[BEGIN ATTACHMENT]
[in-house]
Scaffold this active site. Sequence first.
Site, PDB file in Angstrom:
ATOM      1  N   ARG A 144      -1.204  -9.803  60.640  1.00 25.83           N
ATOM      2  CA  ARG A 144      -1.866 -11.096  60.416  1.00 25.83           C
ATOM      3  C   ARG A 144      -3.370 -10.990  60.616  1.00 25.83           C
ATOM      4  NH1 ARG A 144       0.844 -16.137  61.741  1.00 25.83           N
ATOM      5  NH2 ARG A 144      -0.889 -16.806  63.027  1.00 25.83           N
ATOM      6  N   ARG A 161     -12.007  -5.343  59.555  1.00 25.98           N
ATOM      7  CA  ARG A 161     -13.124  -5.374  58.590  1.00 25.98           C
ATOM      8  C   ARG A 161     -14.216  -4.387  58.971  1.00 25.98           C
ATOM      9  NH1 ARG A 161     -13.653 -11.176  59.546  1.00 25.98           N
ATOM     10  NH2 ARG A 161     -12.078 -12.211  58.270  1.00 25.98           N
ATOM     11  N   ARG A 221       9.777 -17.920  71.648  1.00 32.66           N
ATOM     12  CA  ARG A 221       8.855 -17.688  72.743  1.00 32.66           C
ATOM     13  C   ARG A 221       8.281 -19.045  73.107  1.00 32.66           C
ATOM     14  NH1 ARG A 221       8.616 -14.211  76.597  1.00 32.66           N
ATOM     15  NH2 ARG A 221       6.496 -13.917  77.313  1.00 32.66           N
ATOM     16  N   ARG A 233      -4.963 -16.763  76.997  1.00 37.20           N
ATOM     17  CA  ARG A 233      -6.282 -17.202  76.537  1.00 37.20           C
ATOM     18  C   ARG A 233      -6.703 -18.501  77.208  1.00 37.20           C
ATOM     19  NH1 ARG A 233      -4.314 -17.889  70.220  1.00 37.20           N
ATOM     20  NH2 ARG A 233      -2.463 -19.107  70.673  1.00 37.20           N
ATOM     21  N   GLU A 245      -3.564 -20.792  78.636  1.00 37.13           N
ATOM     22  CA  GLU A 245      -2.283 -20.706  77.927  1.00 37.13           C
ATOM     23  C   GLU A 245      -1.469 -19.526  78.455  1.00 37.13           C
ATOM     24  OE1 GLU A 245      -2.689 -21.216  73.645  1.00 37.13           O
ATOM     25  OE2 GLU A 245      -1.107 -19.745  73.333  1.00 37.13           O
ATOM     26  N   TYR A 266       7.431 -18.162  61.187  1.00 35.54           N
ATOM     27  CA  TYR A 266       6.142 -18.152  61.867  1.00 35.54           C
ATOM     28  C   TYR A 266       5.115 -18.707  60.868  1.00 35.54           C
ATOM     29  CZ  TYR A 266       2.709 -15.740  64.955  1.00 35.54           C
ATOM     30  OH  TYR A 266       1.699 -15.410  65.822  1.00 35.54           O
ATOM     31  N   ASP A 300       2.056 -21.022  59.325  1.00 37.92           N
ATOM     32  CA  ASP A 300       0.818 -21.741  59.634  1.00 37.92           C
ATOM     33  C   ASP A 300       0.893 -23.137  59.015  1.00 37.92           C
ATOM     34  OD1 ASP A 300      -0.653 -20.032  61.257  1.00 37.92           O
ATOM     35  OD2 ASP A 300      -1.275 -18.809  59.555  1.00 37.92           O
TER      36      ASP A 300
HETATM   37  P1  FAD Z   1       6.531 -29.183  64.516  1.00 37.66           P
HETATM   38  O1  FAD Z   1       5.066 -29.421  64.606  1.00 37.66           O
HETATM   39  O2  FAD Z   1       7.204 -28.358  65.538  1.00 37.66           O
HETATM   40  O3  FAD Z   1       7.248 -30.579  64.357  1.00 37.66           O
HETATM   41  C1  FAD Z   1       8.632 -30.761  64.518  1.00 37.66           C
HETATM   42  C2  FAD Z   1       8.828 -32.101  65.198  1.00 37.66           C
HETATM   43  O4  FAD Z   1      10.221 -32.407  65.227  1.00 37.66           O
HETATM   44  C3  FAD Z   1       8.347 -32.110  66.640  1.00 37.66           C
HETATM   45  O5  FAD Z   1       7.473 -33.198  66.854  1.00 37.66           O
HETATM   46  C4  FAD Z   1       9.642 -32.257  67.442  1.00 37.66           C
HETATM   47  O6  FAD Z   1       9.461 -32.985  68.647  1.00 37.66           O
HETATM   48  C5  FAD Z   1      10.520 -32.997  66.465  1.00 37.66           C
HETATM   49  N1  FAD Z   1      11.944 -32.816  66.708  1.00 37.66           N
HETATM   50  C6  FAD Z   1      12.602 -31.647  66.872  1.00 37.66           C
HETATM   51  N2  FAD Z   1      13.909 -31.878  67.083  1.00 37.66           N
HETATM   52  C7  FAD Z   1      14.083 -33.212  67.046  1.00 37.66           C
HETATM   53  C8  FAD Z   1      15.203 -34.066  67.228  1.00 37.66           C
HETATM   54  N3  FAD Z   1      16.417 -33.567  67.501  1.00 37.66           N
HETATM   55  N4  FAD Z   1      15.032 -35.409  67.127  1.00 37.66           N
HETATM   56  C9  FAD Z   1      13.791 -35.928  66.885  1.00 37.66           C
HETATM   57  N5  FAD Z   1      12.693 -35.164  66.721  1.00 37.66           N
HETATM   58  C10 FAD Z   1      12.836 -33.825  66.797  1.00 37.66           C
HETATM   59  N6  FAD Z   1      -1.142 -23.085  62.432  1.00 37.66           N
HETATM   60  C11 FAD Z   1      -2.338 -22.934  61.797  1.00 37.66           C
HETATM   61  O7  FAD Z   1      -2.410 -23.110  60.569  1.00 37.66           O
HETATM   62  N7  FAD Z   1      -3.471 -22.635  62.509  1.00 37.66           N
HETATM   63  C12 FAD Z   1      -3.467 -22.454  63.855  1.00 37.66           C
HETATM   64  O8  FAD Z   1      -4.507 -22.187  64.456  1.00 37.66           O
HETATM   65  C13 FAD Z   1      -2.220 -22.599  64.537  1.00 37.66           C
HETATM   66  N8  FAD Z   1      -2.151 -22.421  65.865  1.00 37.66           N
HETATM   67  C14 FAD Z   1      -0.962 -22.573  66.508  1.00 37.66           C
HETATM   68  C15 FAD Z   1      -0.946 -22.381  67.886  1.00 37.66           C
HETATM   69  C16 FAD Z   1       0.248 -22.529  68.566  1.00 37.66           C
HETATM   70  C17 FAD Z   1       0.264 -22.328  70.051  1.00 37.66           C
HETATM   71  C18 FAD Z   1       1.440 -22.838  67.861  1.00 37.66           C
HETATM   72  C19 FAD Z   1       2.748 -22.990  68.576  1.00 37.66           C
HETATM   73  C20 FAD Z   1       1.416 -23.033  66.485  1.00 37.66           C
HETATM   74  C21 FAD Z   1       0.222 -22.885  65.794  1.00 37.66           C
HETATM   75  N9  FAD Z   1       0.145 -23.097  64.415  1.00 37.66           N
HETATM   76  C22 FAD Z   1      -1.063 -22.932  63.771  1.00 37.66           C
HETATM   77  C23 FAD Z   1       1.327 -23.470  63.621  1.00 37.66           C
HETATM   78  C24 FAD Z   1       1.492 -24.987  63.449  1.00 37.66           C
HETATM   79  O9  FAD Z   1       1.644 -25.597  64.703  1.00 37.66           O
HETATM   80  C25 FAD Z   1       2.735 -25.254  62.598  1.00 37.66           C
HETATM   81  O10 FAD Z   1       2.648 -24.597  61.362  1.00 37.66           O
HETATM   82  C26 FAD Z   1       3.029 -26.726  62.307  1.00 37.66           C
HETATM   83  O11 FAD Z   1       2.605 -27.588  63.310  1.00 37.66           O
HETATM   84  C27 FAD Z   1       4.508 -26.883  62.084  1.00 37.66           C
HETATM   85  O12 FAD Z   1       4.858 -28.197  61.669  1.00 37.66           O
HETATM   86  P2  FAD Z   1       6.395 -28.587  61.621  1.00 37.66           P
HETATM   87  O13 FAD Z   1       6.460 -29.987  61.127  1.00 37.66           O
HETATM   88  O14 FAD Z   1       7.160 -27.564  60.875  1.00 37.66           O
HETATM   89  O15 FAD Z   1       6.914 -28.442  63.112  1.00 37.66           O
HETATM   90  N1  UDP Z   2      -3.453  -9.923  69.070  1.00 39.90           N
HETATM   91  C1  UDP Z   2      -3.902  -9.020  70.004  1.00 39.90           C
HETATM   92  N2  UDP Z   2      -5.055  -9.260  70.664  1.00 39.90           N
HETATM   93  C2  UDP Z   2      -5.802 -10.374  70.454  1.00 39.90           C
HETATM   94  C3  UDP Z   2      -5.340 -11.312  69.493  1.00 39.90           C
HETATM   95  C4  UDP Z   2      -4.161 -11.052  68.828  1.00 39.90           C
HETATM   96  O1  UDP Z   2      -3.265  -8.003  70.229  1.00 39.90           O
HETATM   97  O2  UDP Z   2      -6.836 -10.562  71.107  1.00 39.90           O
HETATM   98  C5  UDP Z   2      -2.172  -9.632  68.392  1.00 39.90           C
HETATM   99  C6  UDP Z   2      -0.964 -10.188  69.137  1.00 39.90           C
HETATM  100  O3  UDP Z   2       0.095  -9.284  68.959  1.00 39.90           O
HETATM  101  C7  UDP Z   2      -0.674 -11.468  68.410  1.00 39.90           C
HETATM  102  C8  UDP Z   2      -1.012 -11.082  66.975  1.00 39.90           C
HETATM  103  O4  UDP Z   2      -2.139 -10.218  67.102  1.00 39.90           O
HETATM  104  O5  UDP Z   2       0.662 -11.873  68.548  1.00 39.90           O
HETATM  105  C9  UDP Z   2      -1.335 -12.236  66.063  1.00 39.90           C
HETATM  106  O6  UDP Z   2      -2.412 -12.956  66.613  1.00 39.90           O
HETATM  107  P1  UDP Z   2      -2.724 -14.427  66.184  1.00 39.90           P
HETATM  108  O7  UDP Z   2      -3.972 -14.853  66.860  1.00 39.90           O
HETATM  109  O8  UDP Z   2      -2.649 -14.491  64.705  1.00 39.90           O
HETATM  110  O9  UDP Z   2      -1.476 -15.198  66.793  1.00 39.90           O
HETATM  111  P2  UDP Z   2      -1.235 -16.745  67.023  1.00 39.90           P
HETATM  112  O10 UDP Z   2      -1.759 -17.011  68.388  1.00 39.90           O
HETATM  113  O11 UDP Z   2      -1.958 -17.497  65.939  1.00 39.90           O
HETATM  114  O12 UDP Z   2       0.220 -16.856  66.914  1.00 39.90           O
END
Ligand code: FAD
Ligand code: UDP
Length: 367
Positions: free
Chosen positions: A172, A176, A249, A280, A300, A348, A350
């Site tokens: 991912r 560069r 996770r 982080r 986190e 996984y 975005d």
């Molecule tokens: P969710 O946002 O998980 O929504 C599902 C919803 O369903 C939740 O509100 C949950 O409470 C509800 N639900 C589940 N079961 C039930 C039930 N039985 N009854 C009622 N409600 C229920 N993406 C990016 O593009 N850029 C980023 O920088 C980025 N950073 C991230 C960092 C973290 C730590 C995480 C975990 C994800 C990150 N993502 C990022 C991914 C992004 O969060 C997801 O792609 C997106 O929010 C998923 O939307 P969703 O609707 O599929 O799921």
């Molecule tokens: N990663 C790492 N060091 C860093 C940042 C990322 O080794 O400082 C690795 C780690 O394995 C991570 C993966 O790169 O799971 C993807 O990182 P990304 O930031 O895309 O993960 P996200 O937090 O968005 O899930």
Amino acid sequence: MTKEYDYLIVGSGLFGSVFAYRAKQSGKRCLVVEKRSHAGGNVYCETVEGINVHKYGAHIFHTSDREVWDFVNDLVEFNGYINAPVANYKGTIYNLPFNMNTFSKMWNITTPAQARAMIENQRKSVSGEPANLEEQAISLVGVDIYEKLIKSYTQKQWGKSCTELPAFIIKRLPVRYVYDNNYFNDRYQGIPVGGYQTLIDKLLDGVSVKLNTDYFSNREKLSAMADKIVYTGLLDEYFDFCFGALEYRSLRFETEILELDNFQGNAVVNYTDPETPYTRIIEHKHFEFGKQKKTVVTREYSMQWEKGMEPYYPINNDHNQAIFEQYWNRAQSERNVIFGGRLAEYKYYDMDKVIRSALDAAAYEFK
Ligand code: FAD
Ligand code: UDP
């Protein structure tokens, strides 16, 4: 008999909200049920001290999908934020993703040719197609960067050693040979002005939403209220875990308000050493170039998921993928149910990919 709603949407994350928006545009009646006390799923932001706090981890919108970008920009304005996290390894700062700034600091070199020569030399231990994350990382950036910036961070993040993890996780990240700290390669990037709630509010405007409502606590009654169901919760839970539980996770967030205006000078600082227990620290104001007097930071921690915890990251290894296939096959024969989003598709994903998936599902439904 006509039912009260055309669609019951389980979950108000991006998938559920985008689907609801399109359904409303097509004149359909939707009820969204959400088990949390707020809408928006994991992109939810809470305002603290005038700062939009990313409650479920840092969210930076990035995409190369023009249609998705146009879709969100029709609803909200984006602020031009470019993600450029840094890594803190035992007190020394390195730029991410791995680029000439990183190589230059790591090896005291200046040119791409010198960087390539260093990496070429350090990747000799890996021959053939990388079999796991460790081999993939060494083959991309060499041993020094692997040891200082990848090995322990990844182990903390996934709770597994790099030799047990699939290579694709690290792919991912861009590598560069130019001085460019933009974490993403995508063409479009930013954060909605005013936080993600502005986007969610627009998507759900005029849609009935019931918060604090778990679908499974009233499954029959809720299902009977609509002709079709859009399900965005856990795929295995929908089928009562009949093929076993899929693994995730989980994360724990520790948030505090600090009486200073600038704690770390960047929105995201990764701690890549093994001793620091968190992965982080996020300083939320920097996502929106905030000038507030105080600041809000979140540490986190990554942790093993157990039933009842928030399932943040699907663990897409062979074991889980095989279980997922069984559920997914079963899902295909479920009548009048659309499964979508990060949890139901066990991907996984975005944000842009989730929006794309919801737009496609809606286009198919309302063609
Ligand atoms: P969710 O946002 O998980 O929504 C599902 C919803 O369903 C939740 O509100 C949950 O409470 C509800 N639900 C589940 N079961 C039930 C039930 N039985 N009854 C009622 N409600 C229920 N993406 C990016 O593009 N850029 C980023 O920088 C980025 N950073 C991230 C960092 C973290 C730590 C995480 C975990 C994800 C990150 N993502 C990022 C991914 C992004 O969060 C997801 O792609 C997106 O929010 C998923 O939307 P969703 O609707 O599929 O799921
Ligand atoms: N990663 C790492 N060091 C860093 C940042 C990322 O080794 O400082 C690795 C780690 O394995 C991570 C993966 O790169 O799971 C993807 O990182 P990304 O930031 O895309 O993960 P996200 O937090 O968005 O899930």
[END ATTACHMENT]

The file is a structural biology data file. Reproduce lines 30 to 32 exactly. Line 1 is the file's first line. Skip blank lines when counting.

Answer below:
ATOM     27  CA  TYR A 266       6.142 -18.152  61.867  1.00 35.54           C
ATOM     28  C   TYR A 266       5.115 -18.707  60.868  1.00 35.54           C
ATOM     29  CZ  TYR A 266       2.709 -15.740  64.955  1.00 35.54           C